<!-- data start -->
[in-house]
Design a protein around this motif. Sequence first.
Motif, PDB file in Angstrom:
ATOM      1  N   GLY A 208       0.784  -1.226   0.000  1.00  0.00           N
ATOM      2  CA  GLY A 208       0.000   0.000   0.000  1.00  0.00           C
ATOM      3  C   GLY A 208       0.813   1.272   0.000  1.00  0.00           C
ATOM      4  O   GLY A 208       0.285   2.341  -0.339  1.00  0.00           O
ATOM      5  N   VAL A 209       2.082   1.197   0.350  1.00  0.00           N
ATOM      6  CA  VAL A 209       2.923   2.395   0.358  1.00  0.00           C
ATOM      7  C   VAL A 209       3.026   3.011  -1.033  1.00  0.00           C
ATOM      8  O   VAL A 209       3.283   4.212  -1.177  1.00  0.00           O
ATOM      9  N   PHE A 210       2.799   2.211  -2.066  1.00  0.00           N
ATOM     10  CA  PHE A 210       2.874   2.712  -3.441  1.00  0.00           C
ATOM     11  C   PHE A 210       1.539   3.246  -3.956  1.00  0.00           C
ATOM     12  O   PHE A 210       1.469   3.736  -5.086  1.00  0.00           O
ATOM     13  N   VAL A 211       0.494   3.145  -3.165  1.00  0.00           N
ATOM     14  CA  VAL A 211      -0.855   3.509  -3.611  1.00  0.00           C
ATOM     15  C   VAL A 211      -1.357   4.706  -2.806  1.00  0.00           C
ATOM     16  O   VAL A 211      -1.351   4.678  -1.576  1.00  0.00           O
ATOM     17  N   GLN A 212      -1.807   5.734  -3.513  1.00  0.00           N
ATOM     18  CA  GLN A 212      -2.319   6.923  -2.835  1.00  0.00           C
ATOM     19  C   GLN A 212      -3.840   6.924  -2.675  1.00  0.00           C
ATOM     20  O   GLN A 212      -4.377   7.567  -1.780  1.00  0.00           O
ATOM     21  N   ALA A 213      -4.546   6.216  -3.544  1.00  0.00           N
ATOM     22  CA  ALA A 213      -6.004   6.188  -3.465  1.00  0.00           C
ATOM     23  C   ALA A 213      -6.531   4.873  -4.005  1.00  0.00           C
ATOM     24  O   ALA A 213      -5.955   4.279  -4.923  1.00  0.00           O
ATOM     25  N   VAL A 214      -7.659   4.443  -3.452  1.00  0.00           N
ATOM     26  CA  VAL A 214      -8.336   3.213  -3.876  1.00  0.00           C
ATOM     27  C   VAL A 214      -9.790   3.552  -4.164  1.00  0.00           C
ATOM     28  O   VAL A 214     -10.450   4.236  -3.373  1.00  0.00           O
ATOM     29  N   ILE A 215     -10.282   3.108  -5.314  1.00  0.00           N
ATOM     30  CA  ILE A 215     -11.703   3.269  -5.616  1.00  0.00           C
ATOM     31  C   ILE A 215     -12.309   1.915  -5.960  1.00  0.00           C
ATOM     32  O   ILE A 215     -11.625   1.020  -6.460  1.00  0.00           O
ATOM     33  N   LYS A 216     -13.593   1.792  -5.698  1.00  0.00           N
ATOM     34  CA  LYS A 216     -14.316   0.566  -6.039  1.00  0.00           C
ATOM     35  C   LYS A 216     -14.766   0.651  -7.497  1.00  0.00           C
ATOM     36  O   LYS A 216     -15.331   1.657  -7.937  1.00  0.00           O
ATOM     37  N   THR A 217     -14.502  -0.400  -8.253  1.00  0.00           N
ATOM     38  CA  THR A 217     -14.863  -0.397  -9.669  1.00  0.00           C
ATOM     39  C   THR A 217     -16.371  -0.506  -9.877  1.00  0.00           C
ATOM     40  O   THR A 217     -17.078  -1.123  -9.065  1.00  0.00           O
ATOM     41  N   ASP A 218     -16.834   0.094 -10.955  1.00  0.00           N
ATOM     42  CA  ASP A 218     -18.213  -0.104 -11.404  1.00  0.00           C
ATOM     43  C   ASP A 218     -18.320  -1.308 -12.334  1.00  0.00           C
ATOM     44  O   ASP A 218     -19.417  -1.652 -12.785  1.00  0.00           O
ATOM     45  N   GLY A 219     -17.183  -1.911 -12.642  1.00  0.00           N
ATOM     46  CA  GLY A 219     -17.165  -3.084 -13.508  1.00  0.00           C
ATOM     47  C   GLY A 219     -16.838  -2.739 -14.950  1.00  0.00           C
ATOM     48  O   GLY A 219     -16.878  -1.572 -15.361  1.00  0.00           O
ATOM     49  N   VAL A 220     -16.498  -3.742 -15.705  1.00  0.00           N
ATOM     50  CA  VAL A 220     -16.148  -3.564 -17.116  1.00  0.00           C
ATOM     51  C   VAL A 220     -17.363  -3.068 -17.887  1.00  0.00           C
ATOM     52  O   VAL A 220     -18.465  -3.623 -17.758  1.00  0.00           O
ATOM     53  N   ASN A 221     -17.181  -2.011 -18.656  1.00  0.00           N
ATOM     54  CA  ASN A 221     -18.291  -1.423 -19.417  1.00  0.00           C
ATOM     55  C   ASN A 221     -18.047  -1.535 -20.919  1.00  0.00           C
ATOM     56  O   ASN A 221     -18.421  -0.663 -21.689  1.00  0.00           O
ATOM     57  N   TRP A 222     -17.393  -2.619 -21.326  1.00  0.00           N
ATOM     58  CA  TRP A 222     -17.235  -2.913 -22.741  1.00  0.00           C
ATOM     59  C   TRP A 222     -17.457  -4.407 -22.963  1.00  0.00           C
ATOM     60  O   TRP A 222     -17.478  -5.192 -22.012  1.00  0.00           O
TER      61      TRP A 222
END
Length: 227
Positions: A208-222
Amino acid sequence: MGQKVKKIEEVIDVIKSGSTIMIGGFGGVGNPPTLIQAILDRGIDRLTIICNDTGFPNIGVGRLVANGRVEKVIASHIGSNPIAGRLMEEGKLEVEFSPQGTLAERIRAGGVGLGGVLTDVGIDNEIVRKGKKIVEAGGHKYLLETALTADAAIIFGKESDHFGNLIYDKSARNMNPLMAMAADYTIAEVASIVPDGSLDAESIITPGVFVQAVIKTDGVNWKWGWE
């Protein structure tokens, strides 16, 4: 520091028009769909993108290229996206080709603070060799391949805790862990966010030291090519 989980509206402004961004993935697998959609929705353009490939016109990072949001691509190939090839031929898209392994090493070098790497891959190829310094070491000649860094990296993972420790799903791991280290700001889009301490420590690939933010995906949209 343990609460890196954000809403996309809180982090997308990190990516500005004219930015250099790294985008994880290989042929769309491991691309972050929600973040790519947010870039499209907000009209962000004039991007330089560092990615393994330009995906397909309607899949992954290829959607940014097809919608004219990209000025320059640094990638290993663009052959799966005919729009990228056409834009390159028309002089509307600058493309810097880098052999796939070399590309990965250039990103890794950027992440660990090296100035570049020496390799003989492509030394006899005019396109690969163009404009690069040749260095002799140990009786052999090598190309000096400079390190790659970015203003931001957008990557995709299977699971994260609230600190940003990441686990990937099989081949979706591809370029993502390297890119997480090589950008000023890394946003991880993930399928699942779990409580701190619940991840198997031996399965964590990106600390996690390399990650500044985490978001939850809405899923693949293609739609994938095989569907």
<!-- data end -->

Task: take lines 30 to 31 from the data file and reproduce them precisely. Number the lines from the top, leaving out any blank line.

ATOM     27  C   VAL A 214      -9.790   3.552  -4.164  1.00  0.00           C
ATOM     28  O   VAL A 214     -10.450   4.236  -3.373  1.00  0.00           O